Thursday, December 22, 2011

Did You Know? - Christmas 2011 (Pt-3)

How well do you know the Christmas story? Here are some lesser-known facts (& some conjecture) about what happened all those years ago...

The Magi’s Visit to Jesus

14. The Magi must have been shocked to arrive in the capital city of Palestine and discover that no one there – not even the Jewish Priests or Scribes had any idea that their own future king (it’s likely the Magi realized he was the Messiah) had just been born. They were probably even more surprised to have been ushered out the front door with no escort and no more information than an ancient prophecy (which they probably already knew about that He was to be born in Bethlehem. They would have traveled to Jerusalem first even if they had known the prophecy in order to consult with the King to explain the reason for their incursion and to see permission to see the Child.

15. The traditional picture of the Magi’s arrival on the night of Jesus’ birth with the shepherds is purely fiction. Their arrival was probably between one and two years after Jesus’ birth. We know this from:

a. The logistics of how long such a journey would have taken to plan, fit out, and begin along with actual travel time.

b. When the Magi arrive, Jesus is referred to as a “young child” (not the word that would have been used for a newborn or even an infant.)

c. Mary and Joseph were then living in a “house” rather than the initial emergency arrangement in the stable. Whether they owned the house or were renting or staying with someone is unknown. But it is reasonably clear that Joseph had chosen to settle in Bethlehem for some time rather than returning to Nazareth.

d. When Herod realized the Magi had “duped” him, he ordered all the children under 2 years of age to be slaughtered. He knew the exact time of Jesus’ birth from the Magi. Though it’s likely he may have added some "age" to the order to be certain, Jesus was probably at least several months old – perhaps more than a year - by that time.

16. The Magi would have faced a nearly impossible task standing there outside the door to the palace in Jerusalem, in finding a young child whom they know no more about than the time and general location of His birth (now many months earlier). With no additional help offered by the king or even the Jewish leadership than the name of the city, they were entirely on their own in a strange land with strange culture and customs, seeking a single child without even knowing his name. They must have felt utterly lost, frustrated, and defeated – likely pleading to God for help.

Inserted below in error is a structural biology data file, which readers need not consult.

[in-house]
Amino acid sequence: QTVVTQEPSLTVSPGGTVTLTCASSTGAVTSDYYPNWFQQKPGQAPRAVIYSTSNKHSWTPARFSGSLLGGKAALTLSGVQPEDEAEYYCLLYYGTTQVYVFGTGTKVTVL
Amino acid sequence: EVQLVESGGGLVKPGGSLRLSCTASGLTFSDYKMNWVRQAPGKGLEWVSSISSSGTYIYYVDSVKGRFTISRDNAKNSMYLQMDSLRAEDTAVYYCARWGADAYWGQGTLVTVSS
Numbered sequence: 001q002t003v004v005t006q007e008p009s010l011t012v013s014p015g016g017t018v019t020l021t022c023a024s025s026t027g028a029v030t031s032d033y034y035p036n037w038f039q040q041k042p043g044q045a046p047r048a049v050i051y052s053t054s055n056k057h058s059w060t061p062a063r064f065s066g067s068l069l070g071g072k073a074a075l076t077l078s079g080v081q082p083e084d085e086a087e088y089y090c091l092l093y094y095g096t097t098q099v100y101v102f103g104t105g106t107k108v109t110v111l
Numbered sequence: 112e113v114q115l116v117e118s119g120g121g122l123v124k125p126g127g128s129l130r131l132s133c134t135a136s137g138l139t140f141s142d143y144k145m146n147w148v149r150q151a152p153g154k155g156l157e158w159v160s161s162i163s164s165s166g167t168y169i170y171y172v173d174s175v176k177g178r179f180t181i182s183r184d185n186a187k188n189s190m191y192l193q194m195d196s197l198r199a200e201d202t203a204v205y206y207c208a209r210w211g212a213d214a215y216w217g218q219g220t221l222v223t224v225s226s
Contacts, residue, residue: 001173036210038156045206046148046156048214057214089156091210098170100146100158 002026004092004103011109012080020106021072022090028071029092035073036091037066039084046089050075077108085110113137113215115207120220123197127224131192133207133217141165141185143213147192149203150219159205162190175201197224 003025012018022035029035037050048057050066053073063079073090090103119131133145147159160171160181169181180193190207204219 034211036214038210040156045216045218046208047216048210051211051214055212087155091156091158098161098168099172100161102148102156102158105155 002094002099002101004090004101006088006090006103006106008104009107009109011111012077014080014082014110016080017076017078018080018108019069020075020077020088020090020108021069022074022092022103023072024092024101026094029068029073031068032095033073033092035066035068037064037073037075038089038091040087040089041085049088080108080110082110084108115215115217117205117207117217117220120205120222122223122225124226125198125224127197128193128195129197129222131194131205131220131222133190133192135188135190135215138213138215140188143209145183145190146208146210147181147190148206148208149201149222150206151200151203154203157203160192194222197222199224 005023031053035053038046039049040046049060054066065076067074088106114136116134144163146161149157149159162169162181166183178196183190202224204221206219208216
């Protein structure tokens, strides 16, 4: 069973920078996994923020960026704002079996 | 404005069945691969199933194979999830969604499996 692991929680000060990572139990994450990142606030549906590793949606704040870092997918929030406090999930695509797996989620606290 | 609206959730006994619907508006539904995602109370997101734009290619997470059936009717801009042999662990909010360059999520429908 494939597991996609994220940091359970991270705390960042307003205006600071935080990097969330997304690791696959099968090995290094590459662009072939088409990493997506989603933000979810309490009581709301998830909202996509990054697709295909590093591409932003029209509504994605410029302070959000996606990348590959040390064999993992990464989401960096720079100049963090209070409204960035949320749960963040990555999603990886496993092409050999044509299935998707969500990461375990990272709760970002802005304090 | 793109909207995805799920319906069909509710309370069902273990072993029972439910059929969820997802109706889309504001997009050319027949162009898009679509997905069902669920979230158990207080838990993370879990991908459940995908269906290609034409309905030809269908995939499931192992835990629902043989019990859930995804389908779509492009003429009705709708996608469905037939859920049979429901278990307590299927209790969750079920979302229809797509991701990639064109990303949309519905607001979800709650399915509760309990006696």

17. It is this situation that makes the reappearance of the Star that much more miraculous, essential to the story, and that much more breathtaking to the Magi. The Bible records “When they saw the star, they rejoiced with exceedingly great joy.” In the typically understated language of the Bible, it’s difficult to overstate the magnitude of what this verse conveys about the reaction of the Magi.

18. The next verse of the text simply skips forward to “and when they had come into the house”. A verse earlier we are told that “The star which they had seen in the East went before them, till it came and stood over where the young Child was.” But the simplicity of the narrative belies the great drama that must have occurred as the star was revealed, and the entire caravan packed up and moved out of Jerusalem toward a tiny village a few miles away and then arrived at the front door of a humble carpenter, his wife, and their young son. If Jerusalem was troubled at their arrival, how must the inhabitants of the undefended village of Bethlehem felt? And how much more, Mary and Joseph? (More about the star later)

19. While purely conjectural, it’s certainly possible that Joseph had chosen not to return to Nazareth for several reasons. First, it would have been at least a little while before both Mary and the Baby were well enough to travel. If the birth had been difficult, it would have been even longer – we don’t know. Given the rumors and probable public opinion associated with Mary’s pregnancy before their marriage, it’s not at all unlikely that they simply had no desire to return to Nazareth at all. Since we know Joseph was born in Bethlehem (this is why he returned there for the census), it’s likely he had family there and some level of familiarity with the location. He would likely have brought whatever tools and other valuables they owned with them (there were no security systems for a house left vacant for months), he could have set up shop nearly anywhere. They may only have stayed in Nazareth as long as they did due to the proximity of Mary’s cousin Elizabeth. It seems likely that the rest of Mary’s family may also have been in or around Nazareth too.

For a more in-depth study, see my full study in the file titled "The Christmas Story" at:

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